During recent FXCC market commentaries and updates, we’ve discussed the significant collapse USD has experienced versus its peers. In recent weeks EUR/USD has reach highs not seen since May 2018, while in a correlated sell-off USD/CHF has slumped to levels last witnessed in January 2015.
The fall in USD/CHF shouldn’t be overlooked or dismissed. We’re looking at one former safe-haven currency (USD) becoming usurped by another (CHF). The Swiss franc has been regarded as a safe option, providing value during turbulent times for decades. The overall uncertainty provided by the Covid pandemic has caused a rush to invest in the Swissy.
Meanwhile, the close on $4 trillion of fiscal and monetary stimulus the USA government and Federal Reserve has indulged in during 2020 has also hammered the value of USD, and a leading analyst thinks the US dollar has much further to fall in 2021.
Don’t fight the Fed
Goldman Sachs expects the dollar to fall next year as the global economy recovers and investment allocation shifts into riskier assets. Speaking on “Bloomberg Surveillance, Kamakshya Trivedi, Goldman’s co-head of global FX interest rates and emerging-markets strategy research, believes USD could collapse “by roughly 5% to 6% on a trade-weighted basis in the coming year.”
His reasoning appears robust; investors will rotate out of USD and continue to pile into equities as both the Biden administration and the Fed engage in several trillions of dollars worth of Covid recovery stimuli during 2021 at the expense of the dollar.
Weekly tale of the tape for USD week ending December 4
EUR/USD rose by 1.33% weekly and is up 2.57% monthly.
GBP/USD rose by 0.92% weekly and is up 2.25% monthly.
USD/CHF fell by -1.44% weekly and is down -1.41% monthly.
USD/CAD fell by -1.62% weekly and is down by -2.26% monthly.
Macroeconomic events to monitor closely, week commencing December 6
Although it’s a somewhat repetitive cycle, there are times in our trading careers when the textbook for fundamental analysis needs to close because monumental and historical events take precedence. We have the black swan of Covid with the promise of vaccines and Brexit which are dominating just about all FX and equity market chatter and movement at the moment.
The final Brexit date is approaching
The patience the EU Brexit team have displayed during the various provocations from their British counterparts has been admirable. But unfortunately, the UK bluster has hit the buffers as negotiations are now reaching the end. There is no more road to kick the can down.
The Vote Leave politicians promised the UK electorate single market access and freedom of movement after Brexit. Whereas, the UK are losing frictionless trade and all four tenets of free movement. From January 1, the UK public is losing the free movement of goods, services, finance, and people.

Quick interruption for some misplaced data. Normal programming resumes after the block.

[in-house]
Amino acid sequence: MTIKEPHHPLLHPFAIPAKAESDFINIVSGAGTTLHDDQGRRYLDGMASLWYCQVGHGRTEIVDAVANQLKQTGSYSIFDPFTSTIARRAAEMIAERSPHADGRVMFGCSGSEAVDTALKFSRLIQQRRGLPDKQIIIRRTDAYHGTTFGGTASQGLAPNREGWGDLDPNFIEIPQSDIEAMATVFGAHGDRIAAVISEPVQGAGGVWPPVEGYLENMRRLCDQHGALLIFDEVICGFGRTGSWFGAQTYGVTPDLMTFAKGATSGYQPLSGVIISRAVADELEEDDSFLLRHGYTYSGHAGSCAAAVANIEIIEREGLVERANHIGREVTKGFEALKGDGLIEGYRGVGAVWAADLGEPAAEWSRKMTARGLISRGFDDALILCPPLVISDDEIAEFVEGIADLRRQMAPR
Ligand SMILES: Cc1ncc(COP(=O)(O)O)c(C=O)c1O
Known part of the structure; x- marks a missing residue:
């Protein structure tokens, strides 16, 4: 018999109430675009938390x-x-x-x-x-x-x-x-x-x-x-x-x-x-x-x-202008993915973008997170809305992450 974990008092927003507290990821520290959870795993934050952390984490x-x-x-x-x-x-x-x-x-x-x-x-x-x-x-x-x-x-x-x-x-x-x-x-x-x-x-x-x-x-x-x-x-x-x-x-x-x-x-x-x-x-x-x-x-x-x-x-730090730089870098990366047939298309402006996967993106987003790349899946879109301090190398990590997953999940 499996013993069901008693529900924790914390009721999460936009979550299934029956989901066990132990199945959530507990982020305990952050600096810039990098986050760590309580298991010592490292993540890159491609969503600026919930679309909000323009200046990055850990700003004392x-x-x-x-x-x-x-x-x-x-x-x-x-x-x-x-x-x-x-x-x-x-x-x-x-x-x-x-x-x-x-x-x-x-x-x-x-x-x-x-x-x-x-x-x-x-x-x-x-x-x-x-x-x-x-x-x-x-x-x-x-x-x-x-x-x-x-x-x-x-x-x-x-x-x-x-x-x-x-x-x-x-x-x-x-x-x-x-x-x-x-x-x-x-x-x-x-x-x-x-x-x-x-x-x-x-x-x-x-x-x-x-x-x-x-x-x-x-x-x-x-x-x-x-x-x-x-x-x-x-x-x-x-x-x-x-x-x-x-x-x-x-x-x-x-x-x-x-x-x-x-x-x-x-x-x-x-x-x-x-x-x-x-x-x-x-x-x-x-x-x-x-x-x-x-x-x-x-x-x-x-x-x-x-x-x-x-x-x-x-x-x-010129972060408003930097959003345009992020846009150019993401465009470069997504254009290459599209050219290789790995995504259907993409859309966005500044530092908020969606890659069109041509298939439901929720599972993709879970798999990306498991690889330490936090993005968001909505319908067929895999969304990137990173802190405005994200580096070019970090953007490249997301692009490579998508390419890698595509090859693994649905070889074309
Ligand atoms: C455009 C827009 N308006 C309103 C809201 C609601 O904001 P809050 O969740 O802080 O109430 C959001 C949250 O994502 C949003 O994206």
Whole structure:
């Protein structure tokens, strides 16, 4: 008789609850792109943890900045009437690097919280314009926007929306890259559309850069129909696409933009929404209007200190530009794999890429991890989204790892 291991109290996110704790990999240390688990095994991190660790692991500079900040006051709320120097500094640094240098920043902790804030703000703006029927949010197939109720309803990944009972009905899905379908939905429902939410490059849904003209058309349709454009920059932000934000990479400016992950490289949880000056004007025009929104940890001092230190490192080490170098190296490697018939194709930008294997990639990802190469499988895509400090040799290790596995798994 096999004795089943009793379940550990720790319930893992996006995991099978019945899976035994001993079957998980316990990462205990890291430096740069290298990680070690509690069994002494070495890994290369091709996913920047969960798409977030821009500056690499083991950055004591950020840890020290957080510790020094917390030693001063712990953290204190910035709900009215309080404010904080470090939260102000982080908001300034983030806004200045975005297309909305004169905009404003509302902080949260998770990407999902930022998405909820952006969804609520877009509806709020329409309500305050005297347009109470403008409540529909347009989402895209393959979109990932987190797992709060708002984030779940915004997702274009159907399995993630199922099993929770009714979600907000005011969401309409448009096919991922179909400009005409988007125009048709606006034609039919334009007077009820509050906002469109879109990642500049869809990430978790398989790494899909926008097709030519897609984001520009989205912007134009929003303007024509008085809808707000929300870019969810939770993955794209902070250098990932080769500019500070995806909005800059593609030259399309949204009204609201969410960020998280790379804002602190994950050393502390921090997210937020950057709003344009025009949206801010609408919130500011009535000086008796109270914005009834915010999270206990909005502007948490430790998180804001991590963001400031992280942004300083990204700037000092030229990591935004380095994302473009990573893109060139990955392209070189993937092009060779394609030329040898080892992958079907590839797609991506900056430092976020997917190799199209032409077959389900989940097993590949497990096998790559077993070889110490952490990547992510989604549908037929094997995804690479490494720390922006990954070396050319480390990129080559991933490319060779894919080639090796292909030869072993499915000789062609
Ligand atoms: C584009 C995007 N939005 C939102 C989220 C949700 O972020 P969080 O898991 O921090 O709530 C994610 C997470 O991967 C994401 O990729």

The UK pound increased in value versus USD during November. The markets can attribute the 2.21% rise of GBP/USD to the US stimulus; the rise is due to the collapse in the dollar, not GBP strength.
Versus the euro sterling is down -6.61% year to date; EUR/GBP is trading at 0.902 up 0.44% weekly, at the start of 2020 the single bloc euro currency was exchanging at 0.840 per pound.
When the London session opens on Monday, December 7, UK government negotiators will have three working weeks before the January 1 exit. Haulage firms are predicting chaos and trade bodies in the UK believe fresh foodstuff and produce might rise in cost by 35% once tariffs are applied.
We can confidently expect all GBP pairs to experience increased trading volatility during the next three weeks. Naturally, EUR/GBP and GBP/USD will be the most popular trades during the period due to both pairs getting used by institutional level traders to hedge exposure on behalf of their clients. The spreads quoted for both currency-pairs are consistently tight, which makes them attractive to both day and swing traders.
USA equity markets take out record highs despite a desperately low NFP reading
The NFP jobs number printed on Friday missed the forecast by some distance. Reuters had predicted 469K jobs created in November, and the actual reading was 245K.
As an example of our current upside-down financial world, the markets reacted positively to this shocking number which should also include seasonal hires. In an all too familiar reaction, market analysts and traders quickly realised that the Fed and US government would feel compelled to engage in further stimuli.
A new paradigm now exists; terrible domestic economic news is good news for the USA equity markets, once again indicating that our previous textbook analytical skills are largely redundant during the current times. During recent commentaries, we’ve encouraged clients to maintain vigilance to breaking news events combined with monitoring the economic calendar. Clients should continue to adopt this twin policy of analysis for the foreseeable future.
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